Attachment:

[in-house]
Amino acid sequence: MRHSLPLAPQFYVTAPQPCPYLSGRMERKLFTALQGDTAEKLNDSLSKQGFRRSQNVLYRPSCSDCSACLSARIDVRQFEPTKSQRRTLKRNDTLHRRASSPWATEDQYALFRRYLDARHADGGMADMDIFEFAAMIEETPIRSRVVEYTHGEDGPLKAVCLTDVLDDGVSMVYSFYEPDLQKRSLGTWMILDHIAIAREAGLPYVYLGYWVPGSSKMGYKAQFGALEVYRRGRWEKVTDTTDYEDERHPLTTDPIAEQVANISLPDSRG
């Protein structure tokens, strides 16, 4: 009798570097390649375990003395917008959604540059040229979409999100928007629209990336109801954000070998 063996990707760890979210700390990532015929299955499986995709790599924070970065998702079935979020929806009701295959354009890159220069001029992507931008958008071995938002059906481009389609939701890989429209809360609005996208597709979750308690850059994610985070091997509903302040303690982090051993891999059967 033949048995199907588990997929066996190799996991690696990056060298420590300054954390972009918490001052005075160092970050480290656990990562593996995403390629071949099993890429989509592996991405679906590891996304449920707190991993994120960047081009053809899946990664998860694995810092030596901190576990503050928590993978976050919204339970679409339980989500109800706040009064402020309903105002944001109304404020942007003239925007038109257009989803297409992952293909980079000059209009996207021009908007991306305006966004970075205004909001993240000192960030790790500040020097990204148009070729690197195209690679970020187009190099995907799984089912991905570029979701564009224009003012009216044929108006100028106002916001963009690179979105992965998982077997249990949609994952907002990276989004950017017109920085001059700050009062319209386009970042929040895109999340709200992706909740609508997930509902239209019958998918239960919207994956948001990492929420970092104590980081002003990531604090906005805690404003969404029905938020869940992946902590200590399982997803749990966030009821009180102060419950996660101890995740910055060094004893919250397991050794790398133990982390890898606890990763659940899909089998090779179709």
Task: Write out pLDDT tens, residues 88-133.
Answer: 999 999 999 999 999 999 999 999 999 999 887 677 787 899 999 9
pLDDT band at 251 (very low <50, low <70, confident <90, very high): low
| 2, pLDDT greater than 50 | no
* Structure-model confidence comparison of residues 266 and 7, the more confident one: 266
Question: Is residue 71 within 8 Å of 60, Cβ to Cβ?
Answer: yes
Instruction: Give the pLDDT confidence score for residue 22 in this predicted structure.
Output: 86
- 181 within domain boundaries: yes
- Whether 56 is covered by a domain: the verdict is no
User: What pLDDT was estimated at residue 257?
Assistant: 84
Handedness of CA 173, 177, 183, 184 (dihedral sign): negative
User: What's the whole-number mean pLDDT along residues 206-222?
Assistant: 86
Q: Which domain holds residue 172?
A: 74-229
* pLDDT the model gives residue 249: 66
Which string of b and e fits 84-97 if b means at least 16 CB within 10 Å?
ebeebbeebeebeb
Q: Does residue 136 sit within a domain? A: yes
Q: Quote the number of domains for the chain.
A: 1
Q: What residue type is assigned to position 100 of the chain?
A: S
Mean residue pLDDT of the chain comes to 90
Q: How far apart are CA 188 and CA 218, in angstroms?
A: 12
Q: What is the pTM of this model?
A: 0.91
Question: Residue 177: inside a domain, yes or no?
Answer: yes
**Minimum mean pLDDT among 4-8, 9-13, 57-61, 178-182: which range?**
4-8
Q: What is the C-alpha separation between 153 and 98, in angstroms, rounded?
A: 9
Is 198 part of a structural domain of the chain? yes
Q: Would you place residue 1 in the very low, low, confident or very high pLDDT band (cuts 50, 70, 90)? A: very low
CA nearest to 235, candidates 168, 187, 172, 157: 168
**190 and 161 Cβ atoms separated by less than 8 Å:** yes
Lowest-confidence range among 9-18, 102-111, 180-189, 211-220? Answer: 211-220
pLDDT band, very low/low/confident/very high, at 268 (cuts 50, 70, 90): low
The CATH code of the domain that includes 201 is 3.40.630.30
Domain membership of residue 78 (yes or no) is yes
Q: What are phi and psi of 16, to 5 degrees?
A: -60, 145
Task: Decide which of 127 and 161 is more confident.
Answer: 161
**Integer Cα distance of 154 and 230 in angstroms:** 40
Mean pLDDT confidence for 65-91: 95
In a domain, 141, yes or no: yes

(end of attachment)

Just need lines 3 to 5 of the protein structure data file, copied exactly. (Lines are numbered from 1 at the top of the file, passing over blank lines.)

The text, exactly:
């Protein structure tokens, strides 16, 4: 009798570097390649375990003395917008959604540059040229979409999100928007629209990336109801954000070998 063996990707760890979210700390990532015929299955499986995709790599924070970065998702079935979020929806009701295959354009890159220069001029992507931008958008071995938002059906481009389609939701890989429209809360609005996208597709979750308690850059994610985070091997509903302040303690982090051993891999059967 033949048995199907588990997929066996190799996991690696990056060298420590300054954390972009918490001052005075160092970050480290656990990562593996995403390629071949099993890429989509592996991405679906590891996304449920707190991993994120960047081009053809899946990664998860694995810092030596901190576990503050928590993978976050919204339970679409339980989500109800706040009064402020309903105002944001109304404020942007003239925007038109257009989803297409992952293909980079000059209009996207021009908007991306305006966004970075205004909001993240000192960030790790500040020097990204148009070729690197195209690679970020187009190099995907799984089912991905570029979701564009224009003012009216044929108006100028106002916001963009690179979105992965998982077997249990949609994952907002990276989004950017017109920085001059700050009062319209386009970042929040895109999340709200992706909740609508997930509902239209019958998918239960919207994956948001990492929420970092104590980081002003990531604090906005805690404003969404029905938020869940992946902590200590399982997803749990966030009821009180102060419950996660101890995740910055060094004893919250397991050794790398133990982390890898606890990763659940899909089998090779179709």
Task: Write out pLDDT tens, residues 88-133.
Answer: 999 999 999 999 999 999 999 999 999 999 887 677 787 899 999 9